Road trip: St. Louis Arch and City Museum, driving long hours takes its toll

The Toupin family's road trip continues. After climbing through the steampunky City Museum in St. Louis and heading to Kansas, the family realizes driving long hours is a lot of work. 

By , Guest Blogger

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    Children climb across a suspended wire tunnel under an airplane at the City Museum, March 18, 2009, in St. Louis.
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[Editor's note: Laurie Toupin and her family are road tripping across America and sharing their experiences in a series of blogs. See the related links menu to the left for past installments.]

The City Museum of St. Louis defies description. 

There's a school bus hanging over the edge of a ten-story building... An abandoned airplane sitting atop the branches of a rod iron tree... A treehouse atop iron trees with dragons as branches.

Recommended: 1912 eighth grade exam: Could you make it to high school in 1912?

Part junk yard art, part indoor/outdoor play structure, part amusement park.

If the definition of a museum is a place where one can explore, then the name applies. Otherwise this place is more like someone took truck loads of junk meant for the local junk yard and welded them together into connecting structures which can be climbed on, walked through, and explored.

Every hole, however small, leads to hidden passages through whales, scorpions, dark tunnels, and dinosaur mouths.

It was amazing. And to think we wouldn't have found it if I hadn't been talking to the gift shop clerk at the St. Louis Arch. We stopped there first to see this amazing engineering feat and ride the tiny little cars up to the top. `

That was fun, but of the two stops, the kids truly enjoyed the City Museum. And who could blame them? It was so unique and unusual.

I love the unexpected. And today truly felt like an adventure. We passed the world's largest wind chime this morning in Illinois.  We stopped in Vandalia, Ill., to see the former capitol building where Abraham Lincoln did his first politicking as part of the Illinois General Assembly in 1834.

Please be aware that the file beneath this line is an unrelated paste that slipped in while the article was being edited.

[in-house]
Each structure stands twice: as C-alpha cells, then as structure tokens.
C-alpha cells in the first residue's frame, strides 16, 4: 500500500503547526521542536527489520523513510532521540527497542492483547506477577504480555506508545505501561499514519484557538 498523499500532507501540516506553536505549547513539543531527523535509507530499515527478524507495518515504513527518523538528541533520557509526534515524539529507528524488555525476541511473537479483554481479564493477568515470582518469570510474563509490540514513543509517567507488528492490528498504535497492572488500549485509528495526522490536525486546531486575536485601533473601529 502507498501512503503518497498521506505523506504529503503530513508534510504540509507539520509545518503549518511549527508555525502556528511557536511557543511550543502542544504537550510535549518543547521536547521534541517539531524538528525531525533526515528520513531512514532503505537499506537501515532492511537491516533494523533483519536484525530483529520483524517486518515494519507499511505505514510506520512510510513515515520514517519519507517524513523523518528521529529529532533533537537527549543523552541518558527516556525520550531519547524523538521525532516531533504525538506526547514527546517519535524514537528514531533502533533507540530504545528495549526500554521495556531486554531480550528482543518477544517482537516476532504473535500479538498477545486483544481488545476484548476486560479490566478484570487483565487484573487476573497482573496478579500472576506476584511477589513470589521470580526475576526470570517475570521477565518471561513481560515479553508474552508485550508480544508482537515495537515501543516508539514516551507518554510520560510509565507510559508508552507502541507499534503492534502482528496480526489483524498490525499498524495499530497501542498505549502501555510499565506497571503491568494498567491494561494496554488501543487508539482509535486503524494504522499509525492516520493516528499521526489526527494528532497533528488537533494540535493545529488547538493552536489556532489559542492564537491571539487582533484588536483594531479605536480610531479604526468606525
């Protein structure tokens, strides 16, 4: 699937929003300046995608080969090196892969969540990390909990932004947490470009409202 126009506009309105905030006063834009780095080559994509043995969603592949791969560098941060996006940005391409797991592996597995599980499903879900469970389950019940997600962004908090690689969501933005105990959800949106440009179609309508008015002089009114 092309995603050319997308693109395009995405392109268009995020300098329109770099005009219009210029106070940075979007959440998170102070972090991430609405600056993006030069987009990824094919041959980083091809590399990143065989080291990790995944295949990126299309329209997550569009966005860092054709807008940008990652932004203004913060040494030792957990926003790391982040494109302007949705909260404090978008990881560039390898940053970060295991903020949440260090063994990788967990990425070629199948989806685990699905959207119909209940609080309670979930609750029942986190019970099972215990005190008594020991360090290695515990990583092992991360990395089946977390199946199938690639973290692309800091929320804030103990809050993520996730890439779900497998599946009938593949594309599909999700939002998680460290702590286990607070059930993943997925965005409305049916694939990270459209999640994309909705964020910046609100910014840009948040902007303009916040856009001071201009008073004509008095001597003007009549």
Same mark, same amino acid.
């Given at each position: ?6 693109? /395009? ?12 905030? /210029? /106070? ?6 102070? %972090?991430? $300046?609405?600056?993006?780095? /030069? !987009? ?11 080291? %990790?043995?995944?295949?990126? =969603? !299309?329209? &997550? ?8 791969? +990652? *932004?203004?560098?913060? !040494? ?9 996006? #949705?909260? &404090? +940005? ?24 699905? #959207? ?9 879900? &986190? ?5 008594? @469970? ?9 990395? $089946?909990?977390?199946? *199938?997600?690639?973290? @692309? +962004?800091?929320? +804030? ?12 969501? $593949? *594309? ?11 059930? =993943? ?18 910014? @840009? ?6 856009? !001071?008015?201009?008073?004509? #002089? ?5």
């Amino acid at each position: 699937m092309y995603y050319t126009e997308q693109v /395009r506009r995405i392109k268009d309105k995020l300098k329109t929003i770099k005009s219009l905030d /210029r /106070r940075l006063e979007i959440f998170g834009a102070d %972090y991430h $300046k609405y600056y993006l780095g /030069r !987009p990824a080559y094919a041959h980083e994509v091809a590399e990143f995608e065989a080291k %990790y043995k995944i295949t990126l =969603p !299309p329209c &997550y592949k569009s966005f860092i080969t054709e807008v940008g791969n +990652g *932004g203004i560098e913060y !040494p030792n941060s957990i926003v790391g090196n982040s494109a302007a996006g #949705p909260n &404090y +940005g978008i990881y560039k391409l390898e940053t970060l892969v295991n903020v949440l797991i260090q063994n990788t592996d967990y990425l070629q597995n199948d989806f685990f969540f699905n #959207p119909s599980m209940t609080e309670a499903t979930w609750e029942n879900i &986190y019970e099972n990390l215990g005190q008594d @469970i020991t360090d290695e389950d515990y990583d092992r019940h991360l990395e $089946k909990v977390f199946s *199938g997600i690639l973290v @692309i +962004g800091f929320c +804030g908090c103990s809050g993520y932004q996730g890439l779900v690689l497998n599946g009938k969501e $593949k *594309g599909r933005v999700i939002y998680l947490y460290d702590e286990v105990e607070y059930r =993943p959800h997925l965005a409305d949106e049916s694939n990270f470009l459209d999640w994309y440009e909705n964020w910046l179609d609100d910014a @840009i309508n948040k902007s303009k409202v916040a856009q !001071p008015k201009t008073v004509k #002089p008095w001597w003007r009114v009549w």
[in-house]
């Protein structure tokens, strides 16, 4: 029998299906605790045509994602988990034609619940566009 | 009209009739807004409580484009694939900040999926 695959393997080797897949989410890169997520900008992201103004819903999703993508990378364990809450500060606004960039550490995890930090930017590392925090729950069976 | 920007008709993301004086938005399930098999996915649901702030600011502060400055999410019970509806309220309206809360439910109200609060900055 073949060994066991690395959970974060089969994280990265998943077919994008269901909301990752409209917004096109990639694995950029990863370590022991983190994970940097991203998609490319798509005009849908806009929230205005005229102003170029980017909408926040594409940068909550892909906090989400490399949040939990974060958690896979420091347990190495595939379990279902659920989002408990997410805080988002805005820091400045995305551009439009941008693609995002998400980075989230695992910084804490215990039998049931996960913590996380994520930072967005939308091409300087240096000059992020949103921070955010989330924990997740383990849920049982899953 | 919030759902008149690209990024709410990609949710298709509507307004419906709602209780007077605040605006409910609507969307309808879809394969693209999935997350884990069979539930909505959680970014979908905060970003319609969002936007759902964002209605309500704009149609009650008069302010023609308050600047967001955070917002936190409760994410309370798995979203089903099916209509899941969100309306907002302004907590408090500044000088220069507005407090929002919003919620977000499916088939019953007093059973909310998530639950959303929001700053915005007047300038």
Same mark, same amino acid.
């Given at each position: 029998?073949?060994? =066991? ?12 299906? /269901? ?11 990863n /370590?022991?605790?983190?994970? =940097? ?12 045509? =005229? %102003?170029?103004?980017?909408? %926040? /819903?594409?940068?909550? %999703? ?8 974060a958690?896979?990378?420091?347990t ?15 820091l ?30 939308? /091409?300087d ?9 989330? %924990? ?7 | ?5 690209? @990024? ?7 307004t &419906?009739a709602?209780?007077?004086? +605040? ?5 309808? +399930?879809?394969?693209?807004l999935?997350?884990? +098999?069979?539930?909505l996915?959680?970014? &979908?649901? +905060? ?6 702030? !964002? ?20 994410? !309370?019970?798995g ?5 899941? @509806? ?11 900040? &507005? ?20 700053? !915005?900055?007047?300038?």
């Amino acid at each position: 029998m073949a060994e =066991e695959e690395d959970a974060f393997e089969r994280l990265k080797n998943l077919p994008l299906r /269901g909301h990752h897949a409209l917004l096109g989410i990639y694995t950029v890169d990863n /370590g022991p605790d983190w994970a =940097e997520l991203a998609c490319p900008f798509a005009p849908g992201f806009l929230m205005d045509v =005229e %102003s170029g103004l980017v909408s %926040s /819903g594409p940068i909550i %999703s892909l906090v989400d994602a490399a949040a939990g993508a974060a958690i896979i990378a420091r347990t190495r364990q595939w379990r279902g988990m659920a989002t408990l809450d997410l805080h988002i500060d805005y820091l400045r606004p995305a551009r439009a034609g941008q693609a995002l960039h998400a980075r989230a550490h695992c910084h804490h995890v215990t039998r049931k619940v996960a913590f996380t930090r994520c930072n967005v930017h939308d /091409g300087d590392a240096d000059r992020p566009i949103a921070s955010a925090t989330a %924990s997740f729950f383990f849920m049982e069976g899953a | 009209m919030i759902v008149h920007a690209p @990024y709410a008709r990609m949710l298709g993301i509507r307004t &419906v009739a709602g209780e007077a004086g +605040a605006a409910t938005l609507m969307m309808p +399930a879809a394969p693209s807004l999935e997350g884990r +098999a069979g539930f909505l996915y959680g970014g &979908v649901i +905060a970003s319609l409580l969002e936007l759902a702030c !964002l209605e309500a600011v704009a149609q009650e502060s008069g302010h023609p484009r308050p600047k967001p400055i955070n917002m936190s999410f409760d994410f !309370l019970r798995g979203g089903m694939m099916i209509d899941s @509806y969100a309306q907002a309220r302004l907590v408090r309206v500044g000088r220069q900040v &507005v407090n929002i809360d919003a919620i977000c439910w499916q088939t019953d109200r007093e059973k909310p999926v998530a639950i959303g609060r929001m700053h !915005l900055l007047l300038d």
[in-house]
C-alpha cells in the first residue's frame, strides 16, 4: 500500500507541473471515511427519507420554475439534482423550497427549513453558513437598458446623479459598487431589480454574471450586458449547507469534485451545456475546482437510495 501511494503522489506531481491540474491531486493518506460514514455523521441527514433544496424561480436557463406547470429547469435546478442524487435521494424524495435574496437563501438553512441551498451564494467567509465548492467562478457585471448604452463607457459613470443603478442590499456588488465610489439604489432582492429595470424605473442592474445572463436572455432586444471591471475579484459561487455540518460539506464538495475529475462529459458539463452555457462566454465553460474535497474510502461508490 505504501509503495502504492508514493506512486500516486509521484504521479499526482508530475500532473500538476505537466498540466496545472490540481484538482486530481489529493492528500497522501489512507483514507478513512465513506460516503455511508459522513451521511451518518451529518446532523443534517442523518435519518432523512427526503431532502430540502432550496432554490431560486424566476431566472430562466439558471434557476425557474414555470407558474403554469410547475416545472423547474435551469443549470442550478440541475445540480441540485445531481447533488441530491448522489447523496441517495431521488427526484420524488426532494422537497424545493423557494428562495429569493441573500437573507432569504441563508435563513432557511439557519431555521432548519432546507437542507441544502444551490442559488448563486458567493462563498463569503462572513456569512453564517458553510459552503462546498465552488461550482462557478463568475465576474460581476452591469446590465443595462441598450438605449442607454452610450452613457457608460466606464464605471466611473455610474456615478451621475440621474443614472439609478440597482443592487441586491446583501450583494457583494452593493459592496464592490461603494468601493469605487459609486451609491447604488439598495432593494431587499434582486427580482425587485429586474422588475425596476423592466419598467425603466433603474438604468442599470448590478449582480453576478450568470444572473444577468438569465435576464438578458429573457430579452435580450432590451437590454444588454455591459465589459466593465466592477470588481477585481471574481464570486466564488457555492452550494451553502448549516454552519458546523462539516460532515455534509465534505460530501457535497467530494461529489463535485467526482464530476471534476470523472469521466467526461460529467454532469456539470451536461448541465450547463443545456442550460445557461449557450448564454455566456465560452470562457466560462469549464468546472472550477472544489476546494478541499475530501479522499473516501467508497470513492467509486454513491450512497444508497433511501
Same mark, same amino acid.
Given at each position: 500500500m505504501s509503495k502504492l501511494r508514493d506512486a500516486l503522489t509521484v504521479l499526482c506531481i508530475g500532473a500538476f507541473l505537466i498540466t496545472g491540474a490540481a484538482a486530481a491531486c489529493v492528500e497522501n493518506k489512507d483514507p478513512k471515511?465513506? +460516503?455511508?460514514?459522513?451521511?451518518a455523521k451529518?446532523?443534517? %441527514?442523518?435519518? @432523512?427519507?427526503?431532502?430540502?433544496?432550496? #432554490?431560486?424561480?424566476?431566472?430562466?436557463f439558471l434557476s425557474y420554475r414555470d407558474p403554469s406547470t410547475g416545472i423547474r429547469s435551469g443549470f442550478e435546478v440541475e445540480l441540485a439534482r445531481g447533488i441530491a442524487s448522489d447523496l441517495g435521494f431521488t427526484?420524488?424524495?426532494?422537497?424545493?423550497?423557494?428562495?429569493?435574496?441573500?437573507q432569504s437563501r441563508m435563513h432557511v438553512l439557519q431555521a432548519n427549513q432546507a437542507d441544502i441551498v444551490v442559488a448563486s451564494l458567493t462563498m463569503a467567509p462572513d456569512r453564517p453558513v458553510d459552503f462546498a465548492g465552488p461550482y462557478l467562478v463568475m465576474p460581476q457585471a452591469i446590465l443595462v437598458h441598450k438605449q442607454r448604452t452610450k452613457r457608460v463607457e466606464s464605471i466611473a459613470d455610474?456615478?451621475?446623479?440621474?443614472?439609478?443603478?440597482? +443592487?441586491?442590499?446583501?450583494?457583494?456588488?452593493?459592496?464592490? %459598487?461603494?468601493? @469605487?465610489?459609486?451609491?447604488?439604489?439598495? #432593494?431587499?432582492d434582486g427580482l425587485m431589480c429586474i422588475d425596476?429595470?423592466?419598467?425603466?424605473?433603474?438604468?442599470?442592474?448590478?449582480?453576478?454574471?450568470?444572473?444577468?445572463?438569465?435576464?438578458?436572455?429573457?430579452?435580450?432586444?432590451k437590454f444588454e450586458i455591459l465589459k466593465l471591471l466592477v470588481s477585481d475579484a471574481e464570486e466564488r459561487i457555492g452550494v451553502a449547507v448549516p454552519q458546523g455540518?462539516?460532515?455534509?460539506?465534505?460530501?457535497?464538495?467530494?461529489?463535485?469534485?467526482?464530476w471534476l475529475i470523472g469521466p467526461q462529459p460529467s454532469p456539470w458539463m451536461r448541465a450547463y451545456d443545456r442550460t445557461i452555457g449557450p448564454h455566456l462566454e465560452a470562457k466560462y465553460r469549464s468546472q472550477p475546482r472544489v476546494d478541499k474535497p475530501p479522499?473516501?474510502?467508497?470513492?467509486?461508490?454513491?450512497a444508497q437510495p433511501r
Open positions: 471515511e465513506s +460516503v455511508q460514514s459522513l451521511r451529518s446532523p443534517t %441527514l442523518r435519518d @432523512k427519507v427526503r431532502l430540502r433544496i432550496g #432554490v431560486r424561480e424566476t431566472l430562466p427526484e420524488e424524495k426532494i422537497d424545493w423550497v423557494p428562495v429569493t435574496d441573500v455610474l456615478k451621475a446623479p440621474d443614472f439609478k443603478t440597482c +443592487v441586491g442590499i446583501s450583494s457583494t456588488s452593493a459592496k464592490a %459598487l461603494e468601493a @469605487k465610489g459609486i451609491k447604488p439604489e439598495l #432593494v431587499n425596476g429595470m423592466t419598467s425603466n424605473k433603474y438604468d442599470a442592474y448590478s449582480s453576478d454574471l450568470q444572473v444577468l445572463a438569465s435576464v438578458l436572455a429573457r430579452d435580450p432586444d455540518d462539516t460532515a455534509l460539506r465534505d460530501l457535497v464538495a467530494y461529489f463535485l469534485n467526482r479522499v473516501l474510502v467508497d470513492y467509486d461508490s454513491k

After the Arch and City Museum, we traveled to Kansas for the night and found a store called Nostalgiaville in Missouri. This store was loaded with blasts from the past...Betty Boop, The Three Stooges, Elvis, even Scooby Doo paraphernalia plastered every inch of this three store front shop. My daughter, Colie, was thrilled to find a pair of pink Elvis heart-shaped earrings for herself. And I could indulge in teaching a little historic pop-culture.

But the day did take its toll. By the time we got to Lawrence, Kan., that night, we were all done and stayed at the Jellystone Campground.

I know I've been on the road too long when I get excited to see the GPS say we have only 3:59 hours to go. I thought traveling five hours a day would be good. But five hours really means six or seven depending on traffic, weather, and gas stops. And we need a break. The kids can only watch so many movies, play so many board games, and entertain themselves so long. They need to be held, read to, and listened to.

While our destinations may be fun and exciting, a mother who is always distracted by driving during their waking hours is not what they need on their vacation.

Jacob, 5, especially, needed a day to play and just "be with Mama." He'd been good so far, but I could tell he had reached his breaking point. Plus I needed to do laundry, dishes, and have a normal day of meals. Our destination is awaiting us in California, but keeping the kids healthy and happy along the way is more important.

Because of this, I am changing our route. Instead of heading south on I-40 to Dodge City, Kan., as originally planned, we are going to continue on I-70 toward Colorado, Utah, and then head south. There are still plenty of wonderful things to see that way. And it cuts off about 10 hours on our trip. While it is fun to see a lot, sometimes less is more.

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